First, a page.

• 6. International Affairs and Global Strategy www.iiste.org ISSN 2224-574X (Paper) ISSN 2224-8951 (Online) Vol 4, 2012 34 Table-2 (see appendix-2) provides the information about the gender distribution of the respondents. It shows that 99.6 percent of the respondents were female and whereas 4 percent were male. The lion shares of the respondents were women that testify to the fact that most of the beneficiaries of micro credit are female because we have selected people randomly without any bias towards the gender. There are good reasons to target women by MFIs, because gender discrimination is one of the major causes of poverty, slower economic growth, weaker governance and lower standards of living and women are poorer and more disadvantaged than men. However, women contribute decisively to the well being of their family comparatively more than men In terms of age, 68 percent of the respondents were in the age group of 25 to 40 years. 14.4 percent were less than 25 years of age and remaining 12.4 percent were 40 years and above .We also classified the respondents in terms of their educational experience. It could affect the way in which they manage and live their daily lives and manage the household and business. From this survey, we realized that many of our respondents had at least basic education (can sign only), which represents 76.8 percent of our sample, however 10.4 percent had primary and secondary educational experiences and rest of the 2.4 percent had no educational background (See appendix-7). Our analysis shows that 50.8 percent of respondents had more than three members in their family, which indicates that respondents were either illiterate, or had no knowledge about family planning. 30.8 percent had 3 to 4 members and rest of the 3.6 percent had 0-1 members (See appendix-10) We tried to find out how many family members each respondent have because a large family size usually has higher expenses than a smaller family. In microfinance field most of the business have sole proprietors. Family members contribute to this small-scale business as additional workers. Therefore, we can see that more than 50 percent of the respondents were part of the large families, and at the same time higher proportion of the people did not have any business experience before joining MFIs. So indirectly, MFIs were able to reach and benefit more people than those formally linked to them, as when they provide the business opportunity to a large family, other members are also benefited naturally. 4.2 Housing Facilities of the Respondents Housing facilities is one of the fundamental rights of human being. In the third world country like Bangladesh housing facilities is very poor. PROSHIKA and CARE (1999) study show that extreme poor own less than 50 decimal land live in thatched house have ten months’ food deficit per calendar year both men and women sell labour year-round some of them begging for a living or involved in sharecropping have no educational facilities and if they have they don’t send their children to school due their household problems or needs for child labour access to NGOs loan but have no bank facilities operational zing household livelihood security. From the study area, it is found that about 74 percent respondents live in corrugated iron sheet home, 20.8 percent respondents passing their life in semi katcha house 4.4 percent shelter them self in thatched house. This figure indicates the very poor condition of housing of study area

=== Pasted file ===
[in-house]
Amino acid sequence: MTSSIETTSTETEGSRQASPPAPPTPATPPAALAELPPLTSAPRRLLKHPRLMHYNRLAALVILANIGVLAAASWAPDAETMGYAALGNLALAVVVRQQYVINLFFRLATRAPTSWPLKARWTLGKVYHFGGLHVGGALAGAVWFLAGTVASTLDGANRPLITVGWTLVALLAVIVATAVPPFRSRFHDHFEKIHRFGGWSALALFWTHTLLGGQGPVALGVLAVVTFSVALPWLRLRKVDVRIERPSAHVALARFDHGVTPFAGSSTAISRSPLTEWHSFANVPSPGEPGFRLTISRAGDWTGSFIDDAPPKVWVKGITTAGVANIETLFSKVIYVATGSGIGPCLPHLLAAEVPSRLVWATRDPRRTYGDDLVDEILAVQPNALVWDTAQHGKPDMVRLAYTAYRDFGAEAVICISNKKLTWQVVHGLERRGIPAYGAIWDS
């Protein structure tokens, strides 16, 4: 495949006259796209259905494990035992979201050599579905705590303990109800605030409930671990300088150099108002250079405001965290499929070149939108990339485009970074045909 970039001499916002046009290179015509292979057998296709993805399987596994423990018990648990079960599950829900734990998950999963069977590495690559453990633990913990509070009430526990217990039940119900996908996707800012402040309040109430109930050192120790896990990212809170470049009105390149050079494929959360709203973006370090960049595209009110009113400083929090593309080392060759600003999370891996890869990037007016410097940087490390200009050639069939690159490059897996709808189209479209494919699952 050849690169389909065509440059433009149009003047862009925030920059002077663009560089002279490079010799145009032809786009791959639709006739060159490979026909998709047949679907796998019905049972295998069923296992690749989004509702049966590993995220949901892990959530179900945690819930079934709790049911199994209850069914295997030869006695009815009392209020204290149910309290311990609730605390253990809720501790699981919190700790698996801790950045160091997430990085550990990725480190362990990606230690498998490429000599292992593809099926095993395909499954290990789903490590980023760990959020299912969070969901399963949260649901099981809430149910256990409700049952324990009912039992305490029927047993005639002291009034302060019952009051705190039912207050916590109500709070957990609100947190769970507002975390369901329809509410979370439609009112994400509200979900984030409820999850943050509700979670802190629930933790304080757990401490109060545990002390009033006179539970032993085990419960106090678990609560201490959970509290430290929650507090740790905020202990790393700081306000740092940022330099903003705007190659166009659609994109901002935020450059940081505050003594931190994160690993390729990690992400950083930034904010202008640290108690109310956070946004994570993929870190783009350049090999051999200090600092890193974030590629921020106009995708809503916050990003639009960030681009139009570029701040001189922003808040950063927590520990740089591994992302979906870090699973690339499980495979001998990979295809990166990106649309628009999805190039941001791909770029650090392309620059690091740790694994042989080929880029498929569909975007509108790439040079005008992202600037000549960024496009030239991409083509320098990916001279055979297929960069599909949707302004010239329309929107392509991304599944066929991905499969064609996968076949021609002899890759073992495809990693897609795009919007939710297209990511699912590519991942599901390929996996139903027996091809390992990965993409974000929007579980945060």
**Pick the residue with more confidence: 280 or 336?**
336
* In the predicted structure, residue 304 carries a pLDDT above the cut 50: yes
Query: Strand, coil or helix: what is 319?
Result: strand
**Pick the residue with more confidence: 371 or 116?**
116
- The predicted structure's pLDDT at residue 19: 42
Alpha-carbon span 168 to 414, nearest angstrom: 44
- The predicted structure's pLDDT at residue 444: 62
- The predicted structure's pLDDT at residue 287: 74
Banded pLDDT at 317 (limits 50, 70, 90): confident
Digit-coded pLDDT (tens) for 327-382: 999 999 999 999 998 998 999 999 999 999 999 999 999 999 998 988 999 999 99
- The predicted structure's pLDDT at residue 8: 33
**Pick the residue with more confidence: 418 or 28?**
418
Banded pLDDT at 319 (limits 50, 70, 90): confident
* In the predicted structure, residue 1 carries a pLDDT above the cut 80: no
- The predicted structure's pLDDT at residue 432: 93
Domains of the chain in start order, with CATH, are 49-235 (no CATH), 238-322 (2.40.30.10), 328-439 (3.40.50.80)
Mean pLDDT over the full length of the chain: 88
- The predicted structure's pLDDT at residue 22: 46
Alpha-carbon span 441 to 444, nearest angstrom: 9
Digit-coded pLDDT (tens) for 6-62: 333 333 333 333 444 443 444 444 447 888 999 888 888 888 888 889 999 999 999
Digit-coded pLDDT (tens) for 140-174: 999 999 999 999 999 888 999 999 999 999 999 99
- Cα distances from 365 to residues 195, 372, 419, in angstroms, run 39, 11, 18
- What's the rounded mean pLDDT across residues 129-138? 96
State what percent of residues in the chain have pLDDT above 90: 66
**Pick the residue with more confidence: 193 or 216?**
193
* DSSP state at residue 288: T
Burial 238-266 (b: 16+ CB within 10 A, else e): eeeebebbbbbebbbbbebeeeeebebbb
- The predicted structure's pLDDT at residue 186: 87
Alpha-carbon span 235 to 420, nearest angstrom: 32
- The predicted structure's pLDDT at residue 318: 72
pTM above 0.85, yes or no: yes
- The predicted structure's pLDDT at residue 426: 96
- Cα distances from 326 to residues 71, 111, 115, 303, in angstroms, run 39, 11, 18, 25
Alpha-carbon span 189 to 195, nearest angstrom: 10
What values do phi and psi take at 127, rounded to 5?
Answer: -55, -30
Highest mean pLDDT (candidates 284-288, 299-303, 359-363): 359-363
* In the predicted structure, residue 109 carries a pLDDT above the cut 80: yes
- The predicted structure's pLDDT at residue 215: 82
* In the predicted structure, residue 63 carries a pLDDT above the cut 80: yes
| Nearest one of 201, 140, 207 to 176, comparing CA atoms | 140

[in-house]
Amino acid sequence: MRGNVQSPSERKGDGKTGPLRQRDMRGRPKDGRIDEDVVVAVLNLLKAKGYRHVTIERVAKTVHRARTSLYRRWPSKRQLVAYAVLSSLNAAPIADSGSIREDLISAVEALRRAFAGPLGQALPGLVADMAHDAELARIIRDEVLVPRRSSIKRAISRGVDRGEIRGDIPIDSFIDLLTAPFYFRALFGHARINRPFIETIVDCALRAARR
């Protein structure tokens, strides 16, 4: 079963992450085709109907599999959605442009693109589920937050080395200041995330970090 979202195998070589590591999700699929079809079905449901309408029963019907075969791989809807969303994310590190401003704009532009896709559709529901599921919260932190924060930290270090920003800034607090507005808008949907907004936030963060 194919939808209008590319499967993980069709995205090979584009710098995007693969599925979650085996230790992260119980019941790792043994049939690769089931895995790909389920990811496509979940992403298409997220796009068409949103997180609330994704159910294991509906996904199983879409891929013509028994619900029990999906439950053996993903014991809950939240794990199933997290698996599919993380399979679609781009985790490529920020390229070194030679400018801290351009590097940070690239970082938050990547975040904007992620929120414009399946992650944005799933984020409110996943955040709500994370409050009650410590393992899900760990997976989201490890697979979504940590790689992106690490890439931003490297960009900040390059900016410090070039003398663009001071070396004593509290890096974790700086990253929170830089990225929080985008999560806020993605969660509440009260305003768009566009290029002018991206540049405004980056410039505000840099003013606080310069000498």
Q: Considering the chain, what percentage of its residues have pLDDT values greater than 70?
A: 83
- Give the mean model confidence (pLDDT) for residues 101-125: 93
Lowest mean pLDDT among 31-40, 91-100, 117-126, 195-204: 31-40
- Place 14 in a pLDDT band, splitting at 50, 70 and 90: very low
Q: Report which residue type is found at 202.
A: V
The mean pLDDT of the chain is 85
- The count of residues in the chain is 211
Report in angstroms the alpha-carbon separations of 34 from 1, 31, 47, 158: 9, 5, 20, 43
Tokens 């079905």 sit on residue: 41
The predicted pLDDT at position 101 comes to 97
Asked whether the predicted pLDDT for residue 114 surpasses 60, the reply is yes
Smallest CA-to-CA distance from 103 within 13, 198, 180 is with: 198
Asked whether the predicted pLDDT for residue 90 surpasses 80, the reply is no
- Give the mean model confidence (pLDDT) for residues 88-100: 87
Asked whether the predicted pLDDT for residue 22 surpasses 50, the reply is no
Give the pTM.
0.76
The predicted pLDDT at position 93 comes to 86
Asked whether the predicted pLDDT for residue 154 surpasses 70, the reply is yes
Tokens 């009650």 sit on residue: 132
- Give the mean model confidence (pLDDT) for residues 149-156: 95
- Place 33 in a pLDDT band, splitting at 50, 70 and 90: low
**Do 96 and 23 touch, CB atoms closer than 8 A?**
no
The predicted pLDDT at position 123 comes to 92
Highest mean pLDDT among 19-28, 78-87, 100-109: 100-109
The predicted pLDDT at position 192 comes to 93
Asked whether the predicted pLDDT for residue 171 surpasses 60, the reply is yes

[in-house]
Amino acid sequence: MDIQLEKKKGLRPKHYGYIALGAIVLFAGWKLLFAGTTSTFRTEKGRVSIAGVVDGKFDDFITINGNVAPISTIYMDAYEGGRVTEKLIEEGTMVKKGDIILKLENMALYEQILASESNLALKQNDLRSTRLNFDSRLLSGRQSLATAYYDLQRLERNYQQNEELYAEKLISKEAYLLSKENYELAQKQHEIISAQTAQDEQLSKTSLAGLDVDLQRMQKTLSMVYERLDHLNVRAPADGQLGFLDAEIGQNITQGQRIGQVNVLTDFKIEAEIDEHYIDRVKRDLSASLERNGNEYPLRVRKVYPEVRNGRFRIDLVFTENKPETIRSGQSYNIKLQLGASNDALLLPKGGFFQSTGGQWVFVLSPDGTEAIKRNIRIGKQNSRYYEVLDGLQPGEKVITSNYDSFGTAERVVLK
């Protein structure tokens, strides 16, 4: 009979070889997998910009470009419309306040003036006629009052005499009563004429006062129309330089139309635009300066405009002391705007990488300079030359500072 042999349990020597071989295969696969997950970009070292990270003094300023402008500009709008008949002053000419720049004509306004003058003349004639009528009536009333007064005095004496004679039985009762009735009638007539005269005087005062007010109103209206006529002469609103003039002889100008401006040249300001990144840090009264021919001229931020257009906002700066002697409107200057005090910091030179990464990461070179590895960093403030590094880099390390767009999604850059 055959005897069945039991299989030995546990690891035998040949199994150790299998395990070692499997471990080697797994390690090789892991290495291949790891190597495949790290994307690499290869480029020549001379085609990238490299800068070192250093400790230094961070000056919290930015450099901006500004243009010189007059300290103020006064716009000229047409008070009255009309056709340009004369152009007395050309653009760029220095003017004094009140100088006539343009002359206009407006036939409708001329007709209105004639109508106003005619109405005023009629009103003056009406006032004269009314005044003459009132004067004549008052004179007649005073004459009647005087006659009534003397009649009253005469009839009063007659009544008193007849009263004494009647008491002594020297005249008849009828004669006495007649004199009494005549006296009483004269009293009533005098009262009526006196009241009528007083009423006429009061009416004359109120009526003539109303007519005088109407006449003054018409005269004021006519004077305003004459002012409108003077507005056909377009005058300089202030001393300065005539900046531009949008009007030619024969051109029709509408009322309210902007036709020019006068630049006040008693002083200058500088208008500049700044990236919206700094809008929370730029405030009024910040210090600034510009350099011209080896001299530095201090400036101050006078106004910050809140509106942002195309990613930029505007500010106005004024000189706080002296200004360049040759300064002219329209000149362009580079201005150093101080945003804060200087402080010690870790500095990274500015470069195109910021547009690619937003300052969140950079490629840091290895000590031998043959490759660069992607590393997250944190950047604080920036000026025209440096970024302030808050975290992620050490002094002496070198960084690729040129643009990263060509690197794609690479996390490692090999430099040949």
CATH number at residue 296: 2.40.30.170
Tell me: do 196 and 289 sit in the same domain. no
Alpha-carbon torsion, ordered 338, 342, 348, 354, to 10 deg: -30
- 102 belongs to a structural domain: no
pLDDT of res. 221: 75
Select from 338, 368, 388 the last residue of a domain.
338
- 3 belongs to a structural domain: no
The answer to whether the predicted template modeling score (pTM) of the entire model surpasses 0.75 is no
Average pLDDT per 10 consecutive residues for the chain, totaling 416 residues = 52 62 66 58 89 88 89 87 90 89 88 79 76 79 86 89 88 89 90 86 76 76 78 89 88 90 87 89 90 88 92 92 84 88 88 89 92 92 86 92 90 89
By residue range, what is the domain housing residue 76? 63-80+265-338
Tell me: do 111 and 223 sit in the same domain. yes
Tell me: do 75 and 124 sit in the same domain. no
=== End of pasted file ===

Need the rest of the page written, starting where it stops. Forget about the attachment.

• 7. International Affairs and Global Strategy www.iiste.org ISSN 2224-574X (Paper) ISSN 2224-8951 (Online) Vol 4, 2012 35 people. Table 5: Housing condition of the respondents. Housing condition Frequency Percentage (Percent) Semi-Katcha 52 20.8 Corrugated iron sheet 185 74 Thatched 11 4.4 Semi-pucca 2 .8 Total 250 100 Source: Field survey, 2008 4.3 Micro credit Program Naved (1994) who finds that the women credit-program help them to improve their status and improved within the household due to the fact that they were seen as income earners for the family through their access to credit. The credit are delivered by mainly from Figure 1: Credit delivery organization in the study area. NGO followed by Grameen Bank, BRAC, ASA, CODAEC, etc. The study area is the model union in term of its credit delivery and recover rate (Grameen Bank).most of the NGOs have own office in the union headquarter and they disbursement of their credit in the remote area of the study union through their centre (Locally called Kandro ) on the basis of groups. The amount taken from the organization varies notably from Tk. 0-5000. The loan were received mainly for business purpose followed by house loan, agriculture etc. most of the people didn’t face problem in case of repayment of loan. Group meeting are held in weekly basis and one group leader nominated for this purpose and after eight week one candidate considered as a loanee for get credit. After getting loan one should to repayment the loan as weekly basis and the respondent asked about repayment problem, they give answer that most of them not face problem to repayment of the installment. Name of Organisation Delivery of Credit to The Loanee 15% 18% 16% 2% 2% 1% 46% Grameen Bank BRAC ASA CODACE Government Bank Local Organisation Others